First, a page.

The Seventh Degree Of Seperation
Is Arena still here? Are they hidden from our sight? Did Arena suddenly expire? Did they walk into the light...?
These were some of the questions that arose when Arena didn't release a new album for six years. Was this the end? Luckily Arena found some time and had one more trick up their sleeve. There is still so much to say. Which leaves one question:
Can anybody hear them?
Can Arena's new album live up to the high expectations and put Arena (back) on the map? Rob and Ian don't participate anymore. A new line-up is formed: Clive, Mick, Paul, John and John. That sounds like the Visitor line-up! We all know and love John Jowitt, but the singer is a new Paul: Paul Manzi. How does this affect Arena? He makes a big difference. How and whether it's a good or bad thing, I'll explain as I go through the individual songs.The Great Escape
The first song on the album starts with Paul Manzi. It's almost like the band wanted to say: "We have a new singer!". It immediately becomes clear that this singer is in a different league. As much as I love Paul and Rob, this Paul is clearly a much more trained singer and it sounds more professional. I hasten to add that Paul W and Rob's vocal deliveries were always top notch and helped to create an atmosphere for each and every album they did. Lyrically, this song seems to be about a person who knows he is going to die. He remembers stories and secrets from his past and wants to share them, but knows that he has little time left. Musically, the first song is really good! It is full of subtle keyboard work (for example the organ(?) sound at 1:18, or more clearly at 1:39) and nice guitar work. Yes, the first song is certainly a winner!RaptureRapture
sounds like a Threshold song to me, especially in the chorus. That's not bad per se, but I just noticed. In good Arena tradition, the song has a calm bit in the middle. I like the "hysterical screeeeaaaaam"!
When I listen to the lyrics of this song, I think this is about defiance against dying. But underneath that, I sense a fear of not knowing what is coming. At the end of the song, the person accepts his fate. One thing that leaves me disappointed on this song (or actually most songs on the album) is the lack of guitar solos. John Mitchell is such a crafted guitarist and his solos are the best. There are some guitar parts that sound like it could have been extended to a great solo, but it is always buried beneath Pauls vocals. Anyway, this song is also really good!One Last Au Revoir
In this song we discover more about the life of the protagonist. It seems that he's suffering from OCD ("Tapping the table fourteen times. Setting the cutlery down in line. Don't leave the house til the gas is checked, and checked and checked and checked and checked."). He wants to be in control, but now he has to let go, so he can die peacefully. This song is the first uplifting song on the album. To me it doesn't sound much like Arena. It's as catchy as it can get and I can almost see the audience waving their lighters. But what I find very positive in this song is the guitar solo and the synth back-up with a rhythm that strongly reminds me of "Cinema Show" by Genesis. I'm sure Clive & Co. did it deliberately since it's so obvious. Not a problem at all, it sounds delicious! So not a dark proggy song, but still very very nice.The Ghost WalksThe Ghost Walks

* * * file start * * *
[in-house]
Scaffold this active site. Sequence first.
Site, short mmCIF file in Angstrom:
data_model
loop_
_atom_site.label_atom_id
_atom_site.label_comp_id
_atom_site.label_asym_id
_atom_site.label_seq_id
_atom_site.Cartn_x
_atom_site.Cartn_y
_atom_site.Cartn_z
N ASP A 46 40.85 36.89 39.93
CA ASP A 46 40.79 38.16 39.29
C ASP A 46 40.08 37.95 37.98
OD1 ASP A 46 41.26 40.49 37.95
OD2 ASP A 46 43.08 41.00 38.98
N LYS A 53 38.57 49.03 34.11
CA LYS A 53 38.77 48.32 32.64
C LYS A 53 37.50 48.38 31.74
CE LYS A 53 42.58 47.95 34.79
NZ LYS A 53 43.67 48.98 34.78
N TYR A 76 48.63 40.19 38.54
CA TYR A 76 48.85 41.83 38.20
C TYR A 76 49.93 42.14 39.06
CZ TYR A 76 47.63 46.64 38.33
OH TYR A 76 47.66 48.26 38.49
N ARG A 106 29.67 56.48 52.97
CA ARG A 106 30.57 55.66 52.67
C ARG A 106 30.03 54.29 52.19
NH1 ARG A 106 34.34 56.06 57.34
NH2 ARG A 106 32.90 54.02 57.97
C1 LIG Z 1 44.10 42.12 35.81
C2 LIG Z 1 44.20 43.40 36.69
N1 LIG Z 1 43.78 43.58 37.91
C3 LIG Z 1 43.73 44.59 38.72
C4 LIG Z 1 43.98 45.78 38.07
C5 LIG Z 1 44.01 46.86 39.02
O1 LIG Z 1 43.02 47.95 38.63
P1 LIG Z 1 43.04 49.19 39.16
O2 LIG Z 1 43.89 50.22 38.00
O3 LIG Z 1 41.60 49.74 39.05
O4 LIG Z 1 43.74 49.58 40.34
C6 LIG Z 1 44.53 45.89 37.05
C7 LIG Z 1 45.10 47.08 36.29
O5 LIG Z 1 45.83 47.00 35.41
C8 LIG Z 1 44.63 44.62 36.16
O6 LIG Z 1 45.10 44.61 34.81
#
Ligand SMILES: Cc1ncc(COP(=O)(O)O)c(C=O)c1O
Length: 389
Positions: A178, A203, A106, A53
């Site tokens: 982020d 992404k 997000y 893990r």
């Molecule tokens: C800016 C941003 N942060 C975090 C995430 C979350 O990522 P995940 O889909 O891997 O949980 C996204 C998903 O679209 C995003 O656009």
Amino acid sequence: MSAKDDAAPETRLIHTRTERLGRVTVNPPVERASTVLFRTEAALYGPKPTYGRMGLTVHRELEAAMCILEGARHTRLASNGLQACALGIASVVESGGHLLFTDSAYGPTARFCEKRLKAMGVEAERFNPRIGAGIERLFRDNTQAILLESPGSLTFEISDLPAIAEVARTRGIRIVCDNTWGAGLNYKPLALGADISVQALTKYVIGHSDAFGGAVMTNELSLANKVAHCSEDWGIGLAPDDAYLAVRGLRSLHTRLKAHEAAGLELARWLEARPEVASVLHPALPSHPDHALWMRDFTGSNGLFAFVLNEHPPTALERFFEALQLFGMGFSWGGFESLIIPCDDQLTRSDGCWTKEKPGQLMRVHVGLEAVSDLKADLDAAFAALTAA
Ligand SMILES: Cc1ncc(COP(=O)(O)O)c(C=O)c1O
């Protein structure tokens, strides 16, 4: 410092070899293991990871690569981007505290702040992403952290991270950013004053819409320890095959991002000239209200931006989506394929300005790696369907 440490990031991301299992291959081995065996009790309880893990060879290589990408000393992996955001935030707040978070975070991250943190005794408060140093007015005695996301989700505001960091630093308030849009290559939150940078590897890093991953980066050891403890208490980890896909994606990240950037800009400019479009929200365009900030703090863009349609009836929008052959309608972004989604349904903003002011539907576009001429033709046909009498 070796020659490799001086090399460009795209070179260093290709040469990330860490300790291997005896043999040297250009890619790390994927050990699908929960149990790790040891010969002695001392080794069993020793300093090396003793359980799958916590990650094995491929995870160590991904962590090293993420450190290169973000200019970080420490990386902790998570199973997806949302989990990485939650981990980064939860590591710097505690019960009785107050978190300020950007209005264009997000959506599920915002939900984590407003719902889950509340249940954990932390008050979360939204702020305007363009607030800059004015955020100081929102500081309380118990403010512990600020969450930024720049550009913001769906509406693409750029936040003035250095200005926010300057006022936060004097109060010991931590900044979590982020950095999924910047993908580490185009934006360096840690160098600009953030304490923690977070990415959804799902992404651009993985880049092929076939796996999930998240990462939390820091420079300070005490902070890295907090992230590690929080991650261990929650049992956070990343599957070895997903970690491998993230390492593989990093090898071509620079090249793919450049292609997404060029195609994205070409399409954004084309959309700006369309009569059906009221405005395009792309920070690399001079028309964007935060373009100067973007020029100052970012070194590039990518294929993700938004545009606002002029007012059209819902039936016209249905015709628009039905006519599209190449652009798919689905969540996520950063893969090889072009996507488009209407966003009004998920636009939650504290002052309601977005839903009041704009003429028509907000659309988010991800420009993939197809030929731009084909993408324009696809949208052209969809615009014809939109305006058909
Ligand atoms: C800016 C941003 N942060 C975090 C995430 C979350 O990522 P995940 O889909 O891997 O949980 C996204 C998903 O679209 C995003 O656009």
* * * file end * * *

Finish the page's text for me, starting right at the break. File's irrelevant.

on the other hand sounds very dark. Manzi's performance can be compared to the "Take a leap of faith" part in Chosen
, or the verses in Ghost In The Firewall
. I am not really fond of this prayer-like chanting. The instrumental second section is better and sounds more like Arena. With the choirs and epic guitars. I am not sure about this song... I guess the second half of the song can't redeem the song as a whole.Thief Of Souls
The fifth song starts with a piano and reminds me a bit of Tantalus
from the "Pepper's Ghost" album. Arena sure knows how to build up a tension. It took me a few times before I knew how to estimate its value. Now that I wrote it down, I must admit that the comparison with Tantalus
holds very well, since it also has a build-up and shifts gear in the song. The chorus is ok, but sounds a bit misplaced somehow. Also, the chorus (and the way Paul delivers it) sounds like it could have been on a Threshold song again.Close Your Eyes
With Close Your Eyes
Arena has another of those songs of which the chorus sticks in your head. The percussion and guitar loop gives the song a 'jungle feel' (for lack of a better description). Again, the guitar parts are nice, but it's always so subtle... I miss a phenomenal guitar solo. I expected one somewhere between 1:40 and 1:55 (right after the silence would have been the best), but it never came...Echoes Of The Fall